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Nature Religion in America : From the Algonkian Indians to the New Age - Catherine L. Albanese

Nature Religion in America

From the Algonkian Indians to the New Age

By: Catherine L. Albanese, Martin E. Marty (Introduction by)

Paperback Published: 1st January 1990
ISBN: 9780226011462
Number Of Pages: 284

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This ground-breaking study reveals an unorganized and previously unacknowledged religion at the heart of American culture. Nature, Albanese argues, has provided a compelling religious center throughout American history.

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Albanese's provocative, chronological view of the diverse and changing American responses to nature proposes an uninstitutionalized religion at the center of the American experience. The author (Religion/U.C. at Santa Barbara) is as delighted with her discovery of a nature religion as a prospector who's hit pay dirt. Acknowledging at the outset that the spiritual orientations of Americans and the Anglo-American Puritans stand as a "classic study in religious difference," Albanese traces shifts in the settlers' view of wilderness as spiritual testing ground. By 1776, what Albanese calls "republican religion" was proclaiming nature as an ideal that mirrored American vigor and purity, with Jefferson adapting the Enlightenment to proclaim that the "laws of nature" entitled the republic to an equal station "among the powers of the earth." The author charts the passage of nature religion from the Doctrine of Manifest Destiny and the yahoo frontier hero to the gentler Transcendentalists and early conservationists, and shows how the "physical religion" of the homeopaths and chiropractors of the 19th century prefigures today's healing movements. Th Albanese, America's church is democratic, comfortable with Mary Baker Eddy and Annie Dillard in the same pew, and admitting as members anyone who has ever sought meaning, morality, inspiration, and even justification for political aims in nature. Well-written and researched, Albanese's work is vivid and original cultural and intellectual history - but perhaps less-than-solid theology, as she attempts to drive an unruly herd of Quakers, mind-healers, hydropaths, Native Americans, Greens, and "the king of the wild frontier" into the same corral. (Kirkus Reviews)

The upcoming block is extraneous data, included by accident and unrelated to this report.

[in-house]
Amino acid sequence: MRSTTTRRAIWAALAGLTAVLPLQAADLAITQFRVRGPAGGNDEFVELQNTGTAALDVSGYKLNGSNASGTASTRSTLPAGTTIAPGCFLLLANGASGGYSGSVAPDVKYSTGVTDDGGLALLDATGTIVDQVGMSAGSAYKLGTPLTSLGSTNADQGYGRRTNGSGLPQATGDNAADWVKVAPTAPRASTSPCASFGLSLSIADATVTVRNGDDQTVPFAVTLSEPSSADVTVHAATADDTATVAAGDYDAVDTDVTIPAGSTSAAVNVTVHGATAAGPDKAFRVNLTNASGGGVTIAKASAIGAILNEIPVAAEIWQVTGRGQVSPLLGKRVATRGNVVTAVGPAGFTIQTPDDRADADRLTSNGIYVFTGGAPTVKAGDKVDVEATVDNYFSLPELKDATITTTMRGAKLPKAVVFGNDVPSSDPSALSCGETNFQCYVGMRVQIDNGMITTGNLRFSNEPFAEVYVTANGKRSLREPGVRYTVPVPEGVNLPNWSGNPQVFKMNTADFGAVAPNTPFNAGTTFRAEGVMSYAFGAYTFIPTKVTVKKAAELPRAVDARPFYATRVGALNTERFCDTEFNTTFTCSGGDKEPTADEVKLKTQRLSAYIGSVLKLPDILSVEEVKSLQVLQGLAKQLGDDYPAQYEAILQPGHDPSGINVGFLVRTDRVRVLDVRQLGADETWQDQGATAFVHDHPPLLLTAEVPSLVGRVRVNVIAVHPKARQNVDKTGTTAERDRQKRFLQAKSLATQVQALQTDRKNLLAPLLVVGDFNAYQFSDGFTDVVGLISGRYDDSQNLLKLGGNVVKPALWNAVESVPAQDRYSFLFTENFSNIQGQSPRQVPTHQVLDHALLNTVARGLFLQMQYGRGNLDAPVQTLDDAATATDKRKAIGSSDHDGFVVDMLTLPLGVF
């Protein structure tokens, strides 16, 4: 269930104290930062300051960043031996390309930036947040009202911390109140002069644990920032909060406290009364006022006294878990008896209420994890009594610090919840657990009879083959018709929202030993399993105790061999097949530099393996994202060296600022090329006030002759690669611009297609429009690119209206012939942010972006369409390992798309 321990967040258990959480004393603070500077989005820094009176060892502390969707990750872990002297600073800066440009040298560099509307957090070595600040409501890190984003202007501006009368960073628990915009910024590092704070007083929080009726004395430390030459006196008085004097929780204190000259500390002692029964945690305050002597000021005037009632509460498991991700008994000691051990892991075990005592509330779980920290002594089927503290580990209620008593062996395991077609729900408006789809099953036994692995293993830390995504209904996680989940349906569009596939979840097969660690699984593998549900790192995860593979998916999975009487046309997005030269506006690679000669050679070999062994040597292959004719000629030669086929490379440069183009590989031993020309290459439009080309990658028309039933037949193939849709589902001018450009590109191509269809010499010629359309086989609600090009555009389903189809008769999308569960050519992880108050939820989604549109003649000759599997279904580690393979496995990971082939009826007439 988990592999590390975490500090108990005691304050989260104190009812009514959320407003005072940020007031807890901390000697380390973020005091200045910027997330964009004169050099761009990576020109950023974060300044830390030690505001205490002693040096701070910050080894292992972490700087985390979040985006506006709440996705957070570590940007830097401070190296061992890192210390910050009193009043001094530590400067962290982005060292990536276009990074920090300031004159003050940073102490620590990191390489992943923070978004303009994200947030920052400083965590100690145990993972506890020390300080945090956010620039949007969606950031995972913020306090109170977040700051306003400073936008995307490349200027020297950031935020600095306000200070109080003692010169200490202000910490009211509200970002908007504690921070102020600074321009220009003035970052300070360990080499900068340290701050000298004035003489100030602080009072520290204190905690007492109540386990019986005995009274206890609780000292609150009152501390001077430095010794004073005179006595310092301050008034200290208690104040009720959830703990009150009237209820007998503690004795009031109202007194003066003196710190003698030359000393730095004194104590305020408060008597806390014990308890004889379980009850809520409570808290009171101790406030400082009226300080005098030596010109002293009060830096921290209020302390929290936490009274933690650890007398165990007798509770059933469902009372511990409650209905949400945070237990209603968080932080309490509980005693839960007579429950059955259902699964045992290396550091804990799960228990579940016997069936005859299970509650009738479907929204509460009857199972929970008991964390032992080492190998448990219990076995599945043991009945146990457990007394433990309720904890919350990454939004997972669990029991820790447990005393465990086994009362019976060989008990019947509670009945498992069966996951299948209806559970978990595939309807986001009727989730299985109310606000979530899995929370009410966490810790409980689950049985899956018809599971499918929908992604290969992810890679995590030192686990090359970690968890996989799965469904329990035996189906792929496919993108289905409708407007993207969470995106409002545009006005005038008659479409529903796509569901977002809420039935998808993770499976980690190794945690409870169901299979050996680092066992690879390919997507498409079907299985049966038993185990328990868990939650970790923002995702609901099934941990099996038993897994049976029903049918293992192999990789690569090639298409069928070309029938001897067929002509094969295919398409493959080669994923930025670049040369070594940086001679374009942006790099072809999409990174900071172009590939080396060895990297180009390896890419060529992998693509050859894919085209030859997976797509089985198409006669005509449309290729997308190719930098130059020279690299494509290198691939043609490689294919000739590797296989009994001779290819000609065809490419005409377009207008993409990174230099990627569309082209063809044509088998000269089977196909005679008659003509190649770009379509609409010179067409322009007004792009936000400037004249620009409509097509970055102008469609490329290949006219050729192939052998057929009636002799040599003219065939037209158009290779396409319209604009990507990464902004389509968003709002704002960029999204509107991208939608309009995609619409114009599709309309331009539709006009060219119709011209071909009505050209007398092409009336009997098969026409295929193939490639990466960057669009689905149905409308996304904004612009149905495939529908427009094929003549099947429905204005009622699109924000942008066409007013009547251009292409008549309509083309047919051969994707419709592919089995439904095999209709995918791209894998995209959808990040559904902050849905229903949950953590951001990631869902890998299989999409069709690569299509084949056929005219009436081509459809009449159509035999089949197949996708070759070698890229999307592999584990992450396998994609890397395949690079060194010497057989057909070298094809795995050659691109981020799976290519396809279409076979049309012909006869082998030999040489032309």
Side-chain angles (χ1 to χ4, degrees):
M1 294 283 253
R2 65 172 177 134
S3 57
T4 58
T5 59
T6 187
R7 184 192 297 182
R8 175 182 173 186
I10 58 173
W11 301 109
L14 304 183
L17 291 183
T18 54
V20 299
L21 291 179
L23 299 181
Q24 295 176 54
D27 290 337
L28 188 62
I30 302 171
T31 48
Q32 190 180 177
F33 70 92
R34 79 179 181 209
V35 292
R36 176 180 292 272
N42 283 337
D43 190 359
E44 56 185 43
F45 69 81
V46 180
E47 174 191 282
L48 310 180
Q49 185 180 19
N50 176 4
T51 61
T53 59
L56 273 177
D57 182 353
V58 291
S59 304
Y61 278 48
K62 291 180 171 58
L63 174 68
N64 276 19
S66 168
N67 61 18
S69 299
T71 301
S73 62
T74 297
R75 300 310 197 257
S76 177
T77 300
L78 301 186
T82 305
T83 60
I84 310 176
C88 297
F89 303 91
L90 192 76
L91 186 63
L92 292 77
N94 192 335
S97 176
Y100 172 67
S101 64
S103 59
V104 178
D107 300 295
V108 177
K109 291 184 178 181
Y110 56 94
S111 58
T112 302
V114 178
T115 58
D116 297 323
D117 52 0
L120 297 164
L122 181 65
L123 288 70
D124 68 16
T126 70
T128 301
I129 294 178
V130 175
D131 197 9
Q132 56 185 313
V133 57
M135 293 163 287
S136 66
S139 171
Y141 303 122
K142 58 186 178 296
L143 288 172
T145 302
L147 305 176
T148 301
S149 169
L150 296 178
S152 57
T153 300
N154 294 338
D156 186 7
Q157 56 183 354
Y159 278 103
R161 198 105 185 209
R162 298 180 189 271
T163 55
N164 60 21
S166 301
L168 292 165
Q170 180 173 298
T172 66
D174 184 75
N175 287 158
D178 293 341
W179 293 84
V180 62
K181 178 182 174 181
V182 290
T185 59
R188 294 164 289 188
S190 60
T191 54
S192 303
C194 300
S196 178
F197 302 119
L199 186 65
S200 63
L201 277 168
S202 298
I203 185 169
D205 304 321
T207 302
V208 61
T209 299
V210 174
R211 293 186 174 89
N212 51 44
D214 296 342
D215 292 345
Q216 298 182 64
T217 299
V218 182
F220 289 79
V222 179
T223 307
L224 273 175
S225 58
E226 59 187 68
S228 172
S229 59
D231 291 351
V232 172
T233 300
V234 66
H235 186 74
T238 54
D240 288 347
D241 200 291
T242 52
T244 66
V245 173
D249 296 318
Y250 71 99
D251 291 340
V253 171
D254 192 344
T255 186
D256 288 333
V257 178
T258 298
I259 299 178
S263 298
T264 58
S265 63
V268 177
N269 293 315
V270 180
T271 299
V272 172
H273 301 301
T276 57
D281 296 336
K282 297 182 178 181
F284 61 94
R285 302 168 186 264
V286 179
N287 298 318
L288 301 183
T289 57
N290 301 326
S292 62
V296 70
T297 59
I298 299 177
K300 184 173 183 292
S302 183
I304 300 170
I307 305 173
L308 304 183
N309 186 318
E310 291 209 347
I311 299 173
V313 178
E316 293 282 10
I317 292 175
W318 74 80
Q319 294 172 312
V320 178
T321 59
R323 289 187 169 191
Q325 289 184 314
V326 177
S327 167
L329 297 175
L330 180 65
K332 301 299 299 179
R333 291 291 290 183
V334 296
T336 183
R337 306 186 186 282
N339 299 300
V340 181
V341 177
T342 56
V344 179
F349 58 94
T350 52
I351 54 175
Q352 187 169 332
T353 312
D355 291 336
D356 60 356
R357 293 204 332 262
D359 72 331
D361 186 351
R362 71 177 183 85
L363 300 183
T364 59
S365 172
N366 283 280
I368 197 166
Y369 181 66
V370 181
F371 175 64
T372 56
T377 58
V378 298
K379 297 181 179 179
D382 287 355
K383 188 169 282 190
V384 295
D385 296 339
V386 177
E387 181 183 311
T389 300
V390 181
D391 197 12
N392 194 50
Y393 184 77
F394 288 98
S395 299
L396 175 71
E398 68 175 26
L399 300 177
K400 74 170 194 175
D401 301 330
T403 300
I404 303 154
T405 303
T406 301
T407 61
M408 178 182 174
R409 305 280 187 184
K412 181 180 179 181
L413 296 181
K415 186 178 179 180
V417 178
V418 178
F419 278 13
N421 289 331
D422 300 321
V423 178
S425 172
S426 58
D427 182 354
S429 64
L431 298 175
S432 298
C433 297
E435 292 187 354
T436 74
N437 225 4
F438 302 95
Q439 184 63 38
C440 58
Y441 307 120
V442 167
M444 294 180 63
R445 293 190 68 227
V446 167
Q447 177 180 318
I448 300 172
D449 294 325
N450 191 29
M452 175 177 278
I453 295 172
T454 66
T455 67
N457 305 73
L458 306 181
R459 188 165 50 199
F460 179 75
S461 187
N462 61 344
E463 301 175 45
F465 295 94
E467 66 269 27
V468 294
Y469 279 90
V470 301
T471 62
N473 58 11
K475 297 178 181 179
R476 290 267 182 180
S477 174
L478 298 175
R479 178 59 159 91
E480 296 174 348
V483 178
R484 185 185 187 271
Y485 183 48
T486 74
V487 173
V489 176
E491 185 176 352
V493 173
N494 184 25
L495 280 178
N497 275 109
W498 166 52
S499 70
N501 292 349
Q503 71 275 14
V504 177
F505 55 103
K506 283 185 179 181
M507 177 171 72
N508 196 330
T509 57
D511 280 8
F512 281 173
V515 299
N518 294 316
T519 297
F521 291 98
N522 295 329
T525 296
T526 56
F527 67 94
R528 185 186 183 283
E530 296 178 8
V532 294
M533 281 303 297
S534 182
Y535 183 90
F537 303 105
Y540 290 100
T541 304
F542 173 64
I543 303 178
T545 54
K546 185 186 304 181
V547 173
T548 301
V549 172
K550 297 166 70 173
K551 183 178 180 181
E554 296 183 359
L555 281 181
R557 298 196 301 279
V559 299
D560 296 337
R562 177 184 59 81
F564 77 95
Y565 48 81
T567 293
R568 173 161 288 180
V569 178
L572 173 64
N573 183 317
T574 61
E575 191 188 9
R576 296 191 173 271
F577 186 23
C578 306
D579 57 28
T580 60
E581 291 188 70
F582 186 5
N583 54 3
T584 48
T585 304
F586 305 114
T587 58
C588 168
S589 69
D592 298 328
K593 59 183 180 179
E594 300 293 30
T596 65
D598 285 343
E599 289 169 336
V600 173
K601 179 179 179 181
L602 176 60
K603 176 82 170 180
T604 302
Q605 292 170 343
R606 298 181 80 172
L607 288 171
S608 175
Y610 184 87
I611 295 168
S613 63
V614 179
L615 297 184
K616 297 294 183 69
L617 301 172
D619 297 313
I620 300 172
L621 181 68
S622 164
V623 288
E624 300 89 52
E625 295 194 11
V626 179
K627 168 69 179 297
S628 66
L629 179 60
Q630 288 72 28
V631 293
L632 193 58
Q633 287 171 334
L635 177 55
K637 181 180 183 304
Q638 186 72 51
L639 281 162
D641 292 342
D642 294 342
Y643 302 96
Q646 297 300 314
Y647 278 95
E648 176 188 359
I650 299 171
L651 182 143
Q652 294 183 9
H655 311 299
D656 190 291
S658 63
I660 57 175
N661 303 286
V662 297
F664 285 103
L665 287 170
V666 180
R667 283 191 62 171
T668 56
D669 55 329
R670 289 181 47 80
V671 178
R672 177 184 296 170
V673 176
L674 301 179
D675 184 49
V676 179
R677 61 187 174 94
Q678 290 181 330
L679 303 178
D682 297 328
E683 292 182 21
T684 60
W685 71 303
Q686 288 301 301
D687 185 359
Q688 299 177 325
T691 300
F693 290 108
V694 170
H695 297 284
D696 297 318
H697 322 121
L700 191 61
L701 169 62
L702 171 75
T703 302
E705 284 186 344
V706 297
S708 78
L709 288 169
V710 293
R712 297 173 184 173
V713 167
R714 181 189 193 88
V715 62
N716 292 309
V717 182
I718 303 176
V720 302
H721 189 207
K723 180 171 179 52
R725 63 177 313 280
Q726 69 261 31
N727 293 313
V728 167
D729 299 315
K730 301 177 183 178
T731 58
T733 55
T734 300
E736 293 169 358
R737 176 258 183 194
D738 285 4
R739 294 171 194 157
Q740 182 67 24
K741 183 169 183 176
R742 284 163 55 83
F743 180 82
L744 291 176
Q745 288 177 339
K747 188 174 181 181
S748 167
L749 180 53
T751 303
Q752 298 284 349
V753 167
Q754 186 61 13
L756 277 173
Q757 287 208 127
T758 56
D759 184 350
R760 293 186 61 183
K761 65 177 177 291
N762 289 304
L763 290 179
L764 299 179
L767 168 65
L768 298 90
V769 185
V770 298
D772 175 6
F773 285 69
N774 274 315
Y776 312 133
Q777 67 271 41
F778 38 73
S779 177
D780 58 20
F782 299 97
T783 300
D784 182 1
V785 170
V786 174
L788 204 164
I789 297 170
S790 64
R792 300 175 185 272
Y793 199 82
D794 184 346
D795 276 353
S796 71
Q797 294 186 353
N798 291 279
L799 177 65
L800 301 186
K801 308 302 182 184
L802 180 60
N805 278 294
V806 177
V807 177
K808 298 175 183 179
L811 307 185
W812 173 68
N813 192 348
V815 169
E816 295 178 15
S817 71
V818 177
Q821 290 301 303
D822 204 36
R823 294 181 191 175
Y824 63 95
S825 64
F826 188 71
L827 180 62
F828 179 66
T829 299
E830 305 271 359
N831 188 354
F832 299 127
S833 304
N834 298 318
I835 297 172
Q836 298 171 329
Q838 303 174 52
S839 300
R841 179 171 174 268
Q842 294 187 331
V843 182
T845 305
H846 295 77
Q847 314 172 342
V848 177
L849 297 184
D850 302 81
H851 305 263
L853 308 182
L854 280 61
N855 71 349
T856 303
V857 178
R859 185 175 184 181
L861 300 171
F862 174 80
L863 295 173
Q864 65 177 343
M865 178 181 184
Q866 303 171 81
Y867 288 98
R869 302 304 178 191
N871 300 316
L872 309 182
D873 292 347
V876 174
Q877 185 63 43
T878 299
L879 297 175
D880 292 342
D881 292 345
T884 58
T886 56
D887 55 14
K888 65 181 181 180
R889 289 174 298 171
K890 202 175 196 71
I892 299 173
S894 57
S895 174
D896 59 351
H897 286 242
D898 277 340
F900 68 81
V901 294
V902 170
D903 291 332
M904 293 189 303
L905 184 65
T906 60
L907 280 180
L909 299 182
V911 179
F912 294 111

Foreword
Acknowledgments
Introduction: The Case for Nature Religion
Native Ground: Nature and Culture in Early America
Republican Nature: From the Revolution That Was Lawful to the Destiny That Was Manifest
Wildness and the Passing Show: Transcendental Religion and Its Legacies
Physical Religion: Natural Sin and Healing Grace in the Nineteenth Century
Recapitulating Pieties: Nature's Nation in the Late Twentieth Century
Epilogue
Notes
Suggestions for Further Reading
Index
Table of Contents provided by Publisher. All Rights Reserved.

ISBN: 9780226011462
ISBN-10: 0226011461
Series: Chicago History of American Religion Series
Audience: Professional
Format: Paperback
Language: English
Number Of Pages: 284
Published: 1st January 1990
Publisher: The University of Chicago Press
Country of Publication: US
Dimensions (cm): 23.5 x 15.88  x 1.91
Weight (kg): 0.39
Edition Type: New edition

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